In 2018, Tom Brady was the star of a Facebook Watch show called Tom vs. Time, a look into the life of an aging superstar quarterback who just so happens to be considered the greatest to ever play.

The title acknowledges his age and the fact that Father Time always wins. Despite that credo, Brady has played well beyond the expected shelf life of most players, even heavily protected quarterbacks. And, for the most part, as he defied our constructed views of older athletes, he played at a high level and was able to lead his New England Patriots to win after win, to championship after championship.

Not this season, though.

The Patriots are done, upset at home by Derrick Henry and the Tennessee Titans. At no point in the last two decades was it particularly plausible to guess a team led by a bruising running back, a generally mediocre quarterback and an average defense could go into Foxborough and knock off the greatest coach-quarterback combination of all time.

But this was a different Patriots team than those in years past. The skill players weren’t as good, same for the offensive line. The defense was great, but not great enough to overcome a bevy of offensive shortcomings. The quarterback looked different. Not bad, but different, and certainly not trending upward.

Obviously, all things come to an end someday. That’s just how time works. The Patriots weren’t going to rule the NFL forever and the dynasty would eventually crumble. They all do.

That doesn’t stop the fall of the empire from creating a weird feeling. Weird doesn’t equate to bad, it’s just different.

This is not intended to be one of the “You’ll miss the Patriots,” “Teams like them are good because they unite people in rooting against team” kinds of takes. Those are unilaterally weak opinions, often spurred on by people who make a living bashing them or covering them. But for a whole generation of football fans, the Patriots dominating the NFL is all they know.

If you were born in 2000, you are (approximately) in the midst of the 20th NFL season of your life. The Patriots have won 30% of the Super Bowls in your life and have played for 45% of them. That’s absurd domination. When a pillar like that falls, it feels different.

Again, it’s not a bad thing. The AFC is overflowing with one of the most exciting crops of young quarterbacks in history. Patrick Mahomes already has an MVP award and Lamar Jackson is about to win one. Their respective teams are still alive in the postseason this year. Deshaun Watson has already reached superstardom, too, and guys like Baker Mayfield and Sam Darnold still have room to grow but could reach that plateau one day.

The NFC is filled with plenty of stars too, from Russell Wilson in his prime to the grizzled-veteran days for Aaron Rodgers to another group of young passers. There are fun teams across the NFL, with personalities and play styles that will continue to captivate us.

We don’t need the Patriots to do that.

Time finally caught up with Tom. He might keep playing, whether it’s back in New England or with someone else, but it’s clear that the era of unequivocal dominance by the Patriots is over.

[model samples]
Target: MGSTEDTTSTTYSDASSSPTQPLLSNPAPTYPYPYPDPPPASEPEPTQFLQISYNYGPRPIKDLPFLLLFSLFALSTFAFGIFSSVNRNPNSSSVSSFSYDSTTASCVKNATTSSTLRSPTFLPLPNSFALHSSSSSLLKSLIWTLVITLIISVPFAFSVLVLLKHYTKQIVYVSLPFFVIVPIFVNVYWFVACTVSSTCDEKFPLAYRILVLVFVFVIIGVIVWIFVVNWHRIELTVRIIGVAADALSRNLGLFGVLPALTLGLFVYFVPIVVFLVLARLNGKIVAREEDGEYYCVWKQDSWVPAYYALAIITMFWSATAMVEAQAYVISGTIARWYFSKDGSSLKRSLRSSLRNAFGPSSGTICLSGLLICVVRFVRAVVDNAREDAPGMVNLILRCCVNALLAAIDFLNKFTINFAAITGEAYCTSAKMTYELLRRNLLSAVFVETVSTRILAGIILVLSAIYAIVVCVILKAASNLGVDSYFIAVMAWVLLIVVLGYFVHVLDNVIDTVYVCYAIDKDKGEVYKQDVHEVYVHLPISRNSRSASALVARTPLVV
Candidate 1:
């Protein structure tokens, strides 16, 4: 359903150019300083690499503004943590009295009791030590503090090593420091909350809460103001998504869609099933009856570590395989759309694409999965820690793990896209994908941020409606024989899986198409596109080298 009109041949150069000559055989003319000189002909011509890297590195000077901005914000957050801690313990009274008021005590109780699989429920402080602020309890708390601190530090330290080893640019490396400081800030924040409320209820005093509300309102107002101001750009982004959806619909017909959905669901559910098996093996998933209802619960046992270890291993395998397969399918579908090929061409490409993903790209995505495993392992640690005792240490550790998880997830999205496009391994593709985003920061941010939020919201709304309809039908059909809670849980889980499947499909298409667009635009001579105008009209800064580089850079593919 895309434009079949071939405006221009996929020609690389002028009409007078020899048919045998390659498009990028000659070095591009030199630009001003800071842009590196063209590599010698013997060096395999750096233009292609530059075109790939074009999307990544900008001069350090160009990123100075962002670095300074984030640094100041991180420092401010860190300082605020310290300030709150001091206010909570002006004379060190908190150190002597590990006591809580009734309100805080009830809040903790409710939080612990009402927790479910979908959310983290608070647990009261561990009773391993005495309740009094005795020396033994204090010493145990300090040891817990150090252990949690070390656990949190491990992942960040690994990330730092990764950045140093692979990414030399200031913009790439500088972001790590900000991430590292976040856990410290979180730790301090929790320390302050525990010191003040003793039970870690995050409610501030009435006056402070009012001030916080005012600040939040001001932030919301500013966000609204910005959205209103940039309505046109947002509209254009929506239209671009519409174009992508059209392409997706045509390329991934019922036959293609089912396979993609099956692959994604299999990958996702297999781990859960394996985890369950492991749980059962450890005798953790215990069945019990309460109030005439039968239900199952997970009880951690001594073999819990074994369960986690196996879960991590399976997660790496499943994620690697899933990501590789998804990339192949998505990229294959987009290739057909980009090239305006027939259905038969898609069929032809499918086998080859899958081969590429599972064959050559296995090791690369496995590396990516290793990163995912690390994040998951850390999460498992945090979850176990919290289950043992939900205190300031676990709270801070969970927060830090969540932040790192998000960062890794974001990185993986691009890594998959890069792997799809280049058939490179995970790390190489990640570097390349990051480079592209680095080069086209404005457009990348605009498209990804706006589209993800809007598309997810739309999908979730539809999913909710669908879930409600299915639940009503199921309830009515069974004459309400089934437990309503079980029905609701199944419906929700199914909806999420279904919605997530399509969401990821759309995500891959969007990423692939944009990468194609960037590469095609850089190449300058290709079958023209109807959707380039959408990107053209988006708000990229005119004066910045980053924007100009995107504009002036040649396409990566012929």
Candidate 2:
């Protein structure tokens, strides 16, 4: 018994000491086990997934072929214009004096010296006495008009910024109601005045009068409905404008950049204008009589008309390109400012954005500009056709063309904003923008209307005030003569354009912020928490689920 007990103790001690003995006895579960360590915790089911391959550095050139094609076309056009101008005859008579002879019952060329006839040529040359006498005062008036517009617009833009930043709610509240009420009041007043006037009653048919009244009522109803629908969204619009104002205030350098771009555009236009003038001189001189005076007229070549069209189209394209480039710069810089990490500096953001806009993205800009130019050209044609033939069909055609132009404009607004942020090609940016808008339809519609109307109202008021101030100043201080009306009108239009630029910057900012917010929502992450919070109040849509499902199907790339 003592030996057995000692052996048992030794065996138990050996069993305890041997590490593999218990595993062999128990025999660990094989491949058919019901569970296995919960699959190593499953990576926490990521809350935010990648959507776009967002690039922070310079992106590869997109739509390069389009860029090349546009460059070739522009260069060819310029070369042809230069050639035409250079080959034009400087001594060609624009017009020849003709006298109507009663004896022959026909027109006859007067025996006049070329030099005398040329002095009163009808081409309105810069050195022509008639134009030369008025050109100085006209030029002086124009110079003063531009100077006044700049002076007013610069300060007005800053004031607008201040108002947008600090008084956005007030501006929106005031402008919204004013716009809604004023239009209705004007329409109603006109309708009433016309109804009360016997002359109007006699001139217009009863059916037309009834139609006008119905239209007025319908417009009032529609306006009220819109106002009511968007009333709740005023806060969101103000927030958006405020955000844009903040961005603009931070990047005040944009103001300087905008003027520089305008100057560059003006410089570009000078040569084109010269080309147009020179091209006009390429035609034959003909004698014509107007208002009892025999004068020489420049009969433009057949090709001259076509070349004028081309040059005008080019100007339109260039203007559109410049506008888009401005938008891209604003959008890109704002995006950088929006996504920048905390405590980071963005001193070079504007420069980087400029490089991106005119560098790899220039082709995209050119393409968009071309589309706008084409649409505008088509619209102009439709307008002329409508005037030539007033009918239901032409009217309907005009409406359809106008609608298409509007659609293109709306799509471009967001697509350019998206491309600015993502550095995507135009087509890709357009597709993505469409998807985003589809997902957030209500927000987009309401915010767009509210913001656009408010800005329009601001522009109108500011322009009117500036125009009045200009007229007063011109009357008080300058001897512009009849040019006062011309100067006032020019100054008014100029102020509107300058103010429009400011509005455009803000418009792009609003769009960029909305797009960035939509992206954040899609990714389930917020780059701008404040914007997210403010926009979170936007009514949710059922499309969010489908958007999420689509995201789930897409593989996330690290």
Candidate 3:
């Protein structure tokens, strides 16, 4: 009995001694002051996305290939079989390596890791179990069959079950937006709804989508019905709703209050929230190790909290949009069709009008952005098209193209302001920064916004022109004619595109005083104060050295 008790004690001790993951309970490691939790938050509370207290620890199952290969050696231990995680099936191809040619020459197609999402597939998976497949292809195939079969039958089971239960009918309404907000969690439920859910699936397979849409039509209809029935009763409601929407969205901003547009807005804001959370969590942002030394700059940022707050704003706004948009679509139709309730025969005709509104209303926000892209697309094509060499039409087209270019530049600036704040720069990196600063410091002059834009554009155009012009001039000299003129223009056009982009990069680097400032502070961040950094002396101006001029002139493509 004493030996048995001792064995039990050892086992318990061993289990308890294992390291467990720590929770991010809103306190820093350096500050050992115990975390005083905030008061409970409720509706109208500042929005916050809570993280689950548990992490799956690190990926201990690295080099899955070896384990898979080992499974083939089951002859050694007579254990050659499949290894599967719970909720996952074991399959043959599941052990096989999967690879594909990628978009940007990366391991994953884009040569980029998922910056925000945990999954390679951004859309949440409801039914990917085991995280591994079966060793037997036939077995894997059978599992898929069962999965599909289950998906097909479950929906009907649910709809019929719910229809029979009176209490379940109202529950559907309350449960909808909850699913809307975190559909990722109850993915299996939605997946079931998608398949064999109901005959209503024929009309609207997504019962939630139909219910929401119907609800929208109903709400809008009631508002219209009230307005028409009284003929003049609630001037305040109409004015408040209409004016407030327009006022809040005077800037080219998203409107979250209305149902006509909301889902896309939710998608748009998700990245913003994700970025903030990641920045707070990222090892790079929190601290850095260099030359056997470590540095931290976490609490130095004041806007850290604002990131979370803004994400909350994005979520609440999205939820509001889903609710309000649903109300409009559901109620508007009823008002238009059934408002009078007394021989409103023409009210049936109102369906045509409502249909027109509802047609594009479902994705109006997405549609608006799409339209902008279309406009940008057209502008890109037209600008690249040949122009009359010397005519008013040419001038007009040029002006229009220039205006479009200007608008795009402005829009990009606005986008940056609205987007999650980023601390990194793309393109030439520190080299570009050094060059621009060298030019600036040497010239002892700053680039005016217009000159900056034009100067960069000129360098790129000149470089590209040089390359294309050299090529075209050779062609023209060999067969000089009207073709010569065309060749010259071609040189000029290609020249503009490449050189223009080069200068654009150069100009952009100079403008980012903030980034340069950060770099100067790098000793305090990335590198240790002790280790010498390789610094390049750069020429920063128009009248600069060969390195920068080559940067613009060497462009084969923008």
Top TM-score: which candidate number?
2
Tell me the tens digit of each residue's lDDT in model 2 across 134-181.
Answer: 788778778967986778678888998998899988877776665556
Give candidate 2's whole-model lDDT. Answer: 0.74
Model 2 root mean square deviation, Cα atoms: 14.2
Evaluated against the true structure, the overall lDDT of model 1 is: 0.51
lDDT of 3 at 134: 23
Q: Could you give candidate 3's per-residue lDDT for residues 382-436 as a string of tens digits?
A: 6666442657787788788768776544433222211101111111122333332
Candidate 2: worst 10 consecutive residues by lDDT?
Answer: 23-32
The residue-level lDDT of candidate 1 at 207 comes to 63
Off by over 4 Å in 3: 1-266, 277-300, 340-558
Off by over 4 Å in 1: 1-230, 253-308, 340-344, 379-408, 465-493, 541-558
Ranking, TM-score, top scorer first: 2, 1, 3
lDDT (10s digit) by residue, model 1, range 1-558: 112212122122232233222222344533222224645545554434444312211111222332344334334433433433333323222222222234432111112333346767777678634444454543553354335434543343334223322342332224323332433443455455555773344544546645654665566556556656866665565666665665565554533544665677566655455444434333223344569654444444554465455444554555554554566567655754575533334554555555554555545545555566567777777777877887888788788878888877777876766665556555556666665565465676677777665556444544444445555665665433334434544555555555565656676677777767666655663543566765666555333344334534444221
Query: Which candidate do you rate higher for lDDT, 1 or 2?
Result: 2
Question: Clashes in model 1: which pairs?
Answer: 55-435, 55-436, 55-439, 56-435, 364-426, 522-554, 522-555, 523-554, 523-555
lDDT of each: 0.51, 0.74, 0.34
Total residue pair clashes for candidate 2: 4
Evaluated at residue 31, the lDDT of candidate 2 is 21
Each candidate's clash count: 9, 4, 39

*For one week, we can lay off of Kirk Cousins. His reputation as a bad quarterback in big moments is well-deserved, but he defied all odds and actually outplayed a hall of famer on Sunday. The Superdome isn’t an easy place to play anytime, let alone in the postseason and especially not for notorious chokers. All of those things working against him and Cousins still did enough to help the Vikings win a playoff game. Minnesota doesn’t need him to be Joe Montana reincarnate to stay alive, but it needs him to be mistake-free and smart. That was all it took against New Orleans. He’s still the goofiest quarterback in the league, but the Vikings will live with that if he’s winning games. Kirk Cousins earned respect this week. Maybe not for long, but he has it for now.

*It’s hard to win Super Bowls. That’s hardly breaking news, in-depth analysis or anything of the sort. However, the Patriots poisoned all of our brains to feel otherwise. This Tweet from Bob Sturm hammers home an important point.

Winning championships has always been a standard by which the greatest quarterbacks (and coaches) are judged. Dan Marino, for example, will never be able to live down never winning the big one. At the same time, it’s ludicrous to think it’s normal for teams to win at a rate like the Patriots have for the last two decades. To win even one Super Bowl is a massive accomplishment. It’s one that Aaron Rodgers, Drew Brees and other greats have achieved and should be applauded for. Don’t mistake that for being satisfied with just one, but any number of titles is a significant number. That’s especially the case when living during the Patriots’ reign of terror. This conversation clearly isn’t going to go away, but as we (potentially) start to turn the page on one era of NFL history, maybe some perspective will start to seep into the discourse.

*Journeyman quarterback has to be the most beloved position in sports. All you need to do to see this theory in action is take a quick look back at the last two weeks. In Week 17 it was Ryan Fitzpatrick, the Harvard-educated and thickly bearded veteran who led the Dolphins to a win over the Patriots (a win which completely changed the complexion of the playoffs). During the Wild Card round it was Josh McCown, making his playoff debut at age 40, playing somewhat unspectacularly but giving the Eagles a fighting change with their backs against the wall against the Seahawks. It’s easy to understand why guys like Fitzpatrick and McCown have such universally high approval ratings. The effort level is always maxed out and the expectations are usually as low as can be for them to actually perform well. One of the reasons we love the NFL, and professional sports in general, is to see the greatest athletes in the world perform at the highest level. But stories of guys who give their all and inspire positivity and confidence, even when they come up short, are a vital part of the game’s ecosystem.